Several currently airing television commercials feature a driver (or accident prevention system) urgently applying the brakes to avoid hitting a pedestrian who, oblivious to his surroundings, has stepped into oncoming traffic while gazing intently down at the screen of his smartphone.
If you secretly harbor the hope that the braking effort will fail, knocking the self-absorbed texter into the middle of next week, Courtney Maum’s second novel “Touch” may appeal to you.
Set in the not-too-distant future, “Touch” introduces readers to Sloane Jacobsen, a trend forecaster whose specialty is “mapping out what the wired rich want next.” Her greatest achievement was predicting “the now-ubiquitous touch-screen gesture, the swipe.”
Jacobsen has been recruited as a consultant by Daxter Stevens, the youngest ever CEO of tech giant Mammoth. Stevens is looking for ways to punch up Mammoth’s annual 3-day summit on developing consumer trends. The theme of the summit is “What will we make when we stop making kids?” Mammoth is convinced that the future of the upper echelons of society lies in an increasing reliance of relationships built on electronic communication, to the exclusion of face-to-face, tactile interactions.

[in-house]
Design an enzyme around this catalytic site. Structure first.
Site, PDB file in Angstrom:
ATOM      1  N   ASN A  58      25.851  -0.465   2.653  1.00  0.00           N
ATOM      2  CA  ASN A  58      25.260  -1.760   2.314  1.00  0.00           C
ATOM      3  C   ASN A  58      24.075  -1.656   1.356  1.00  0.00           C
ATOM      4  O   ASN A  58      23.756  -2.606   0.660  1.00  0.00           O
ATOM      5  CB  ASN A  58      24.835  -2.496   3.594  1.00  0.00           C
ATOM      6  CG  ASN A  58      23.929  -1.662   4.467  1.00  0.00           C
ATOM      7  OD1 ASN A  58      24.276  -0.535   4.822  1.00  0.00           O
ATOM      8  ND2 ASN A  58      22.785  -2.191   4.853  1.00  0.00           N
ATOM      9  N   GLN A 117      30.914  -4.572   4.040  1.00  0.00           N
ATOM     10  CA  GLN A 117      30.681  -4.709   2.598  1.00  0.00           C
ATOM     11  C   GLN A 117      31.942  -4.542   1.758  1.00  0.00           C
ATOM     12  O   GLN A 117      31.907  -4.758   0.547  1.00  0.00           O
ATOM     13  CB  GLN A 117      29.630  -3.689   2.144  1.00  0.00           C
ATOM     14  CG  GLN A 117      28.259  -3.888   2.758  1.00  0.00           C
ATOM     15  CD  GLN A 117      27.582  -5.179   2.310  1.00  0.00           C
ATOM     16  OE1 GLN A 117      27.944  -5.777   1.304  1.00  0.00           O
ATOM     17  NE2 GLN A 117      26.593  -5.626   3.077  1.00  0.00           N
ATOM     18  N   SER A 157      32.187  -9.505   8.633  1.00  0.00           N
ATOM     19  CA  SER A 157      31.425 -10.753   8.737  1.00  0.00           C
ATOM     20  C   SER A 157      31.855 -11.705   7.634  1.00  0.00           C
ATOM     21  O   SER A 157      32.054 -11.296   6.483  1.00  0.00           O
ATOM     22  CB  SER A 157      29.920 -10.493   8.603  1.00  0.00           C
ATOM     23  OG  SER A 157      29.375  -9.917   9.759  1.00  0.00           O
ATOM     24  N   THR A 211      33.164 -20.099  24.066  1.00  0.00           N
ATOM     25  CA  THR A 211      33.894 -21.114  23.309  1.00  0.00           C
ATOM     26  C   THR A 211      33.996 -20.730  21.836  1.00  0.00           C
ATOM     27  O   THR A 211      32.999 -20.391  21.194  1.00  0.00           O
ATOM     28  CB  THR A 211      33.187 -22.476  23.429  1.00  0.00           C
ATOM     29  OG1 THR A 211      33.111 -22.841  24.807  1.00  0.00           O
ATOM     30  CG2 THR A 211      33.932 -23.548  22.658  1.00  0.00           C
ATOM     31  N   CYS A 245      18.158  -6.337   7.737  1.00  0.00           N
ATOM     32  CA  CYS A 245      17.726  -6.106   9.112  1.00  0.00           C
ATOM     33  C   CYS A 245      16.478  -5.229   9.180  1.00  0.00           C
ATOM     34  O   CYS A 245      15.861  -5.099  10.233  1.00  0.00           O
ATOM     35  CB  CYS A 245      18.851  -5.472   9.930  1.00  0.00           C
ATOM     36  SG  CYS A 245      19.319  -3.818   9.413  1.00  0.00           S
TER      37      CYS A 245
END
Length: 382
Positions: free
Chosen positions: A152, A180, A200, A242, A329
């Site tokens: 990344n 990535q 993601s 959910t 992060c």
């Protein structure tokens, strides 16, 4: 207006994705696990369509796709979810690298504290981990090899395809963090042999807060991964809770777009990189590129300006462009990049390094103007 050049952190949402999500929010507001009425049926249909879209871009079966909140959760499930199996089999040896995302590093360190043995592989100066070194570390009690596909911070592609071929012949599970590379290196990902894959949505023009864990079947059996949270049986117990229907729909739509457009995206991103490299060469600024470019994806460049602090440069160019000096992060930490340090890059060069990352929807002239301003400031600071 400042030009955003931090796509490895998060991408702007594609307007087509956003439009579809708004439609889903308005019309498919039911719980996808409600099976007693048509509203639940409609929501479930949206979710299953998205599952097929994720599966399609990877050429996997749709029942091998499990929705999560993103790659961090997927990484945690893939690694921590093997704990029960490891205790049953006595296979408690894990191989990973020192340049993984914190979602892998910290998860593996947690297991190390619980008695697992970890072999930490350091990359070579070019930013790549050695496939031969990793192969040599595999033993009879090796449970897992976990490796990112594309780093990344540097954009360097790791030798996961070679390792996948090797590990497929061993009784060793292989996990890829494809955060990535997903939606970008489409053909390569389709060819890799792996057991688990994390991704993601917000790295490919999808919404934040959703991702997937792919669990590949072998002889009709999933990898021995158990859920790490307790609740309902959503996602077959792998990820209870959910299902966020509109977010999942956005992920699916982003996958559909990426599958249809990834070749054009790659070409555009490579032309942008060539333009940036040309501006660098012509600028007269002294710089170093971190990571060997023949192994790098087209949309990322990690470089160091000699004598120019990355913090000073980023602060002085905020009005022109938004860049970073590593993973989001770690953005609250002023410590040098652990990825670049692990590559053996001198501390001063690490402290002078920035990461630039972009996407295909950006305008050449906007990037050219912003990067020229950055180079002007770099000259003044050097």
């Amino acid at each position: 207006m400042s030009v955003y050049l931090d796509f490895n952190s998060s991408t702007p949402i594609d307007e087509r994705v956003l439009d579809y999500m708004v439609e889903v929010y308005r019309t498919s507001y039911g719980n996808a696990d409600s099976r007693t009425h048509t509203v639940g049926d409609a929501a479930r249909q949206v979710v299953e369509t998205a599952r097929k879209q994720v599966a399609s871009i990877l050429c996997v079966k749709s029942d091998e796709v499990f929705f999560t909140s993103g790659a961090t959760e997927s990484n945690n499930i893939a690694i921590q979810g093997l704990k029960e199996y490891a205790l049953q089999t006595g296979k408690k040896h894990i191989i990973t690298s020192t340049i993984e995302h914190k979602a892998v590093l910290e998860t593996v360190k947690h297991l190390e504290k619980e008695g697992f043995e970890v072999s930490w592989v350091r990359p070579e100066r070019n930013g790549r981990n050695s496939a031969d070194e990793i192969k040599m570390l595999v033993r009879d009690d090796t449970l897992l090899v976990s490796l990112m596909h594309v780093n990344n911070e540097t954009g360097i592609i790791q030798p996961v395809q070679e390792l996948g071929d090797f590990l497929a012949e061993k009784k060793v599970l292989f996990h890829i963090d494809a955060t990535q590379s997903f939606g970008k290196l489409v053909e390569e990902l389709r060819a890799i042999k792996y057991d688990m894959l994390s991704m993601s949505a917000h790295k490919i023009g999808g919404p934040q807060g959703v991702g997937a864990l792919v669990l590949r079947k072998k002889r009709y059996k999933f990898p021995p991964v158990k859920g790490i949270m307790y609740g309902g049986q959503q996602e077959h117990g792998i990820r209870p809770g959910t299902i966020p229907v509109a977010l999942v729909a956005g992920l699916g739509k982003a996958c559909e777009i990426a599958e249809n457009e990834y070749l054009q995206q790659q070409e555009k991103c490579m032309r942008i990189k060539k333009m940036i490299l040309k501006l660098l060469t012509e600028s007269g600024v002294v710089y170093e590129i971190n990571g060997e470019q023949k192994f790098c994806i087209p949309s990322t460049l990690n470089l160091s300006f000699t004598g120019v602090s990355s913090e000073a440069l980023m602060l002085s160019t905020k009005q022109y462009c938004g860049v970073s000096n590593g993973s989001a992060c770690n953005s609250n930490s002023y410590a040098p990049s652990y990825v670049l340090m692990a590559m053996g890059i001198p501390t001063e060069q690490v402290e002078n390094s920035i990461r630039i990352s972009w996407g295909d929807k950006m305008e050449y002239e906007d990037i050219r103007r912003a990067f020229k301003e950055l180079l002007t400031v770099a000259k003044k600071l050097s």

Jacobsen’s international reputation as a forecaster, coupled with her publicly stated position that “Reproduction is akin to ecoterrorism,” make her a perfect fit for Mammoth’s theme.
As Jacobsen becomes more immersed in the culture of Mammoth, and the personality and motivation of its CEO, she begins to disengage from her conviction in the irrelevance of personal relationships. And in parallel she uncouples from her significant other of 10 years, Roman Bellard, a Parisian cyber pundit. Bellard has grown an online following by describing himself as a “neo-sensualist” who no longer requires physical contact. To emphasize his conviction he appears in public only in a lycra garment called a Zentai suit, rendering his face unseeable.
Jacobsen’s evolution from a virtual loner who communicates solely via her electronic devices to a woman in a deeply committed personal relationship seems to unfold over an improbably short span of time, although this change may have been catalyzed by the increasingly cartoonish behaviors of both her boss and boyfriend. A subplot involving the rebuilding of her ties to her mother and sister seems a bit too facile, but it augments the author’s premise that human relationships always trump technologic interactions.
A few readers may find some of the language and descriptions offensive, but this book can be a reminder of the danger of allowing the world of high-tech to replace the human need for physical and emotional touch.